A one-day first aid certificate might be fine if you’re on a quick trip in Europe, but if you’re heading to Africa, you will want people with outdoor expedition first aid skills.
Motorcycle riders tend to take things at face value, but this is your holiday of a lifetime, so don’t ruin it and remember you do tend to get what you pay for.
7. How many people are in the support crew?
In Europe, we normally work on a ratio of one tour guide to 10 or 12 riders, but some operators may use one tour guide to 25 or 30 riders. The guide-to-customer ratio makes a big difference to the price of a tour. The more people for the tour guide to look after, the lower your price should be, so also ask about what the average group size is on a tour.
For those bigger trips, we operate on having one or two guides and a support vehicle driver, particularly for an unusual long-haul destination, making a ratio of one tour guide to six or seven riders.
8. Is there a daily tour itinerary?
This might seem obvious but it’s important. If your tour company can’t send you a detailed breakdown of the daily itinerary, then beware.
Generic descriptions of the tour are often a telltale sign that the company aren’t quite sure where they’re heading at any given time.
9. What daily mileage do you do and are there any rest days?
This ties in with the previous question and is to a large degree dependent on the type of rider you are and what trip you want.
Some people just want to ride 300 miles in a day but others, often couples, want to arrive at the hotel by mid-afternoon and do some sightseeing.
Make sure you get the right trip for you by asking itinerary specific questions to understand that the nature of the tour is what you want.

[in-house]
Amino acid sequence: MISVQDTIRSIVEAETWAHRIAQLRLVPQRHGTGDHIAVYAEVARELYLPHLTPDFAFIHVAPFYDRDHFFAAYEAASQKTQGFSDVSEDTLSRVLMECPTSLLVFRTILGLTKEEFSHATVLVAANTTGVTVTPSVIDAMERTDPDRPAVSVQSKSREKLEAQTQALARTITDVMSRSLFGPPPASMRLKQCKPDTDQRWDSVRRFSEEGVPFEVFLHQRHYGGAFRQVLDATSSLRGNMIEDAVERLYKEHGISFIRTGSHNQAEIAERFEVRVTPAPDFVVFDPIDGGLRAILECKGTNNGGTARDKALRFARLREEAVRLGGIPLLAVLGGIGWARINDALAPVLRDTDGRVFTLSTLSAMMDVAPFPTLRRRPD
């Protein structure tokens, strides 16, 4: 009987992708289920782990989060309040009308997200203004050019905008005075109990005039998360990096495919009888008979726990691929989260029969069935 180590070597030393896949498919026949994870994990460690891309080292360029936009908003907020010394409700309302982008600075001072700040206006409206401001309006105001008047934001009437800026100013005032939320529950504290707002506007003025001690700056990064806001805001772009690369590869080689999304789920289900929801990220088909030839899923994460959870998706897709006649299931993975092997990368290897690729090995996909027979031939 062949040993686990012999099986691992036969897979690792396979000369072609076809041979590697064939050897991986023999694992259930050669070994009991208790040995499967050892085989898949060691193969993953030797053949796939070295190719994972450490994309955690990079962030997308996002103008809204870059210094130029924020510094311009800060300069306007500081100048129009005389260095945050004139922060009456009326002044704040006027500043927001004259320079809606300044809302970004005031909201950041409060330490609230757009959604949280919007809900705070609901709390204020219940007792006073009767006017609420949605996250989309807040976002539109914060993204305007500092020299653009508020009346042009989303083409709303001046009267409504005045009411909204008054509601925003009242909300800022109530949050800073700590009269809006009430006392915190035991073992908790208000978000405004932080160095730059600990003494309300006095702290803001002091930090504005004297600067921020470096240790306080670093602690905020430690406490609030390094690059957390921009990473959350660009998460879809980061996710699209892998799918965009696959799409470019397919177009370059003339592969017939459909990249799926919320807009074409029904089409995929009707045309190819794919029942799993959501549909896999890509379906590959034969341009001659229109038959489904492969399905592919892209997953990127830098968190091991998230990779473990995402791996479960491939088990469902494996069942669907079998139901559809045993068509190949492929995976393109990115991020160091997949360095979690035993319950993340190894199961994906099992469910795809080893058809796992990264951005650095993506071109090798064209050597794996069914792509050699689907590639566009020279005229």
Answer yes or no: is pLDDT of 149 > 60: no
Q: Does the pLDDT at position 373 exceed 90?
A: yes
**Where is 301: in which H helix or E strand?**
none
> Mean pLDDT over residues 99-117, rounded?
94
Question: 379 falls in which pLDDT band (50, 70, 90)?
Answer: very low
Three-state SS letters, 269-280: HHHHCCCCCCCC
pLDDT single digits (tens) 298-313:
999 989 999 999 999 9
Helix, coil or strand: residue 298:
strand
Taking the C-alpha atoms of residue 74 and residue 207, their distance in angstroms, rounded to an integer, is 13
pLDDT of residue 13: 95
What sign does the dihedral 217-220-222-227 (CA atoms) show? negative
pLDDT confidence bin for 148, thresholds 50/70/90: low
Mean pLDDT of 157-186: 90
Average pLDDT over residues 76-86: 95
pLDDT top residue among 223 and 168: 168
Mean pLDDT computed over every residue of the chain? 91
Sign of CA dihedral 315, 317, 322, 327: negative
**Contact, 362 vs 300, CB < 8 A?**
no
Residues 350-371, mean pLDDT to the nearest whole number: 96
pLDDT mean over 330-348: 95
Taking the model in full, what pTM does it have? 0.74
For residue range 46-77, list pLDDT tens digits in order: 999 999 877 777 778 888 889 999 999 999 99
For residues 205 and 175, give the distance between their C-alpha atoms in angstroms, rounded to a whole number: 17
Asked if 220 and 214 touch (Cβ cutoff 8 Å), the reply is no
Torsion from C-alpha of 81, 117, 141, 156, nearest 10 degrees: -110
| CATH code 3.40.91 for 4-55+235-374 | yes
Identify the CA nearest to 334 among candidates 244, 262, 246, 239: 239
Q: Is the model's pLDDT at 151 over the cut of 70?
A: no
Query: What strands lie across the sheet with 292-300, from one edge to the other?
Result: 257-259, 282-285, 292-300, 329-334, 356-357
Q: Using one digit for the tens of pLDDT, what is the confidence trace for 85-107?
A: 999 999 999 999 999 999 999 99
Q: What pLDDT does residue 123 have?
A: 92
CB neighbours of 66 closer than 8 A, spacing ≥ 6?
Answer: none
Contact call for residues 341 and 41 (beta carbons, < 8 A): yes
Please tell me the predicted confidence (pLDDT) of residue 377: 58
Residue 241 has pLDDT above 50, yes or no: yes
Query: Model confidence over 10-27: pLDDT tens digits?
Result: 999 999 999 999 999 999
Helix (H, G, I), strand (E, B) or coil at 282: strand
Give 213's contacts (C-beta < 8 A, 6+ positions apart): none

10. Are the hotels pre-booked and checked?
Maybe it’s an urban myth… some guides arriving in a town, leaving their 20 riders in the local square and telling them they’ll be back soon while they search for a hotel.
Ask if your hotels are pre-booked and get the hotel names so you can check that they are the standard you’re looking for.
It’s important to know the hotel star rating because this is a big differentiator on your tour price. A cut-price trip to Morocco might be cheap because you’re staying in a basic riad. If that’s what you want it’s fine, but it’s best to know before you go. You will pay a lot more for a trip that guarantees 4* hotels.
11. Do you look after any motorcycle freight?
Motorcycle transportation can add a lot to the cost of a trip, so again read the small print to see if getting your bike to or from where you need it is included in the price.
Reputable operators will assist with the paperwork.
12. How much of the admin is taken care of?
This can be one of the biggest headaches of planning a trip. Having copies of documents, passports, invitations and visas is essential, especially on a longer trip.
A good tour company will offer a back office support that sets your mind at rest. They will have on file all your emergency contact details, medical conditions and travel insurance policy, so they can help you if you have an illness or injury.
Again, ask questions if you’re not sure.